It was hard to hear and much to accept that after a year and two surgeries that I am back to exactly where I was before. The only difference is that now I have less of my anterior pituitary gland. I am a glass half full of poison kind of person, so when the endocrinologist told me that my blood work was normal (just before Christmas) I tried not to get too excited about it because I know how having expectations could be dangerous…
3 weeks after being blessed with what I thought was good news to share with family and friends, the sneaky Universe smashed that tiny hope into submicroscopic pieces. The MRI show no residual tumor and the pathology from the piece that the surgeon took out in November revealed no adenoma tissue. Repeat lab work revealed that I am still producing excess cortisol. Deep down I knew that I was not cured. Aside from the physical symptoms of fatigue and pain. How else could you explain that a French Bulldog mom with no work commitment and all the time in the world to do whatever I want be depressed and anxious over nothing.
Everyone around me is supportive and tried to convince stubborn ol’ me to be hopeful and positive. So I thought, fine, I’ll try to not be a stick in the mud and booked a trip to Tokyo in February to visit my father whom I have not seen in many years. I told myself to stop letting this illness dictate what and when I should do what I want to do. Finally, I had something to look forward to instead of something to dread towards – because now my only option of curing this illness is a bilateral adrenalectomy.
So I had flights and Airbnb booked, restaurant reservations made and a list of stationery items to stock up on while there. Just like my luck of having this rare disease – the Universe decides to unleash a mystery virus and create chaos in that part of the world I am about to travel to. My brother and I are both immunocompromised and my husband have such terrible hygiene (aka a super spreader of viruses but never get sick himself). It was decided that our trip be cancelled.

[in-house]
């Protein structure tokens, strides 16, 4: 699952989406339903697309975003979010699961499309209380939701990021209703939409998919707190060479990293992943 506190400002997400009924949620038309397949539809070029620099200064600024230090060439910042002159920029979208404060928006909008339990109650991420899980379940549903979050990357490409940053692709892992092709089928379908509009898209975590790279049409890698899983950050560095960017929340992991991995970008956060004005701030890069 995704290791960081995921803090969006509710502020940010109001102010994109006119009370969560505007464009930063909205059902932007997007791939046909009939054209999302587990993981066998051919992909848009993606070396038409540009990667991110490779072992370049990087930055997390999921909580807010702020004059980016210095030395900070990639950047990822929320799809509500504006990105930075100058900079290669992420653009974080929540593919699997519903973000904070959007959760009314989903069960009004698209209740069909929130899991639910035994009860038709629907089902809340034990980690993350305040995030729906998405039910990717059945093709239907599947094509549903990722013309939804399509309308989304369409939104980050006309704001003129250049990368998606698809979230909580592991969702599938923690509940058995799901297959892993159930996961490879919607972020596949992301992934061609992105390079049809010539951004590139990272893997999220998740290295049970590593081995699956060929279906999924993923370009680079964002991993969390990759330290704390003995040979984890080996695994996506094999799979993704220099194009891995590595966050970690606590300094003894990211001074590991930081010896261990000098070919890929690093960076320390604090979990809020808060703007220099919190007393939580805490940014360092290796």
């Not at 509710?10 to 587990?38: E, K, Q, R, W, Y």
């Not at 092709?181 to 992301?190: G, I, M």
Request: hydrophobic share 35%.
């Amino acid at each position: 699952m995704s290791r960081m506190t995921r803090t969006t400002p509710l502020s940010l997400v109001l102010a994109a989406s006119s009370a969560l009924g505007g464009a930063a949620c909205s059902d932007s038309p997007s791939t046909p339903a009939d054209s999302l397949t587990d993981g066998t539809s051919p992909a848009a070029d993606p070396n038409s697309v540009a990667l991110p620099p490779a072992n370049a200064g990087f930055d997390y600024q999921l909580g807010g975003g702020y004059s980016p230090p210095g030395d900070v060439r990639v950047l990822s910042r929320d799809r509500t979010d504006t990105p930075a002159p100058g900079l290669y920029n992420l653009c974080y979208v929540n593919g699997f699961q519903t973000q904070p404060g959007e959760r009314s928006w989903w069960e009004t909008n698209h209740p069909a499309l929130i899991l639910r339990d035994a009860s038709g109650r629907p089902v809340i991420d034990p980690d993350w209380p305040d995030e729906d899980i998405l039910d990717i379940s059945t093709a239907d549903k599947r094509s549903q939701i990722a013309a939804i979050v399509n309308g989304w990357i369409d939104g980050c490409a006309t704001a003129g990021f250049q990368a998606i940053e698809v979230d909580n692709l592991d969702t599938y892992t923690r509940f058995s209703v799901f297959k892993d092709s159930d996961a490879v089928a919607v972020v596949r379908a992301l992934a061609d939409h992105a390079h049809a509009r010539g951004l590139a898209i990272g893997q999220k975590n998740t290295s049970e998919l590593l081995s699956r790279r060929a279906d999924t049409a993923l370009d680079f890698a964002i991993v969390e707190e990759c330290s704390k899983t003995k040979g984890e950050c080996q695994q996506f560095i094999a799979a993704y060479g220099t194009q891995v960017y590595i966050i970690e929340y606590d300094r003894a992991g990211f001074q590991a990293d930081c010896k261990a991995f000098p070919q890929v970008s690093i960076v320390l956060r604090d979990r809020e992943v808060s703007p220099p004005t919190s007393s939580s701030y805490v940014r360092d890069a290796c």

My parents had ordered some N95 respirators for us to bring with on our trip (before we decided to cancel it) – due to a miscommunication, instead of ordering 60 pieces…we found ourselves with 60 BOXES of N95 respirators (20 in a box). Next thing I know, I am selling boxes of N95s out of the back of my car to people in need of them (to mail back to families and friends in Asia) but can’t get any because of people buying them up to profiteer off of it or think that they actually will need to wear them here in Canada. Because I wasn’t selling them for a profit and people can actually afford them, the response was so overwhelming that all the extra ones I had were all gone in 48 hours.
I had applied to Emily Carr and AUArts prior to my surgery last summer and have been accepted to AUArts here. I should hear back from Emily Carr by April. I will be meeting with the endocrine surgeon at the end of March to discuss getting a bilateral adrenalectomy. In the meantime, the future remains uncertain (other than death and taxes). I am using the bits of energy I have every now and then to do meaningful things like amassing and sending medical supplies back home to family in China and Hong Kong. And creating art for my next show and sale.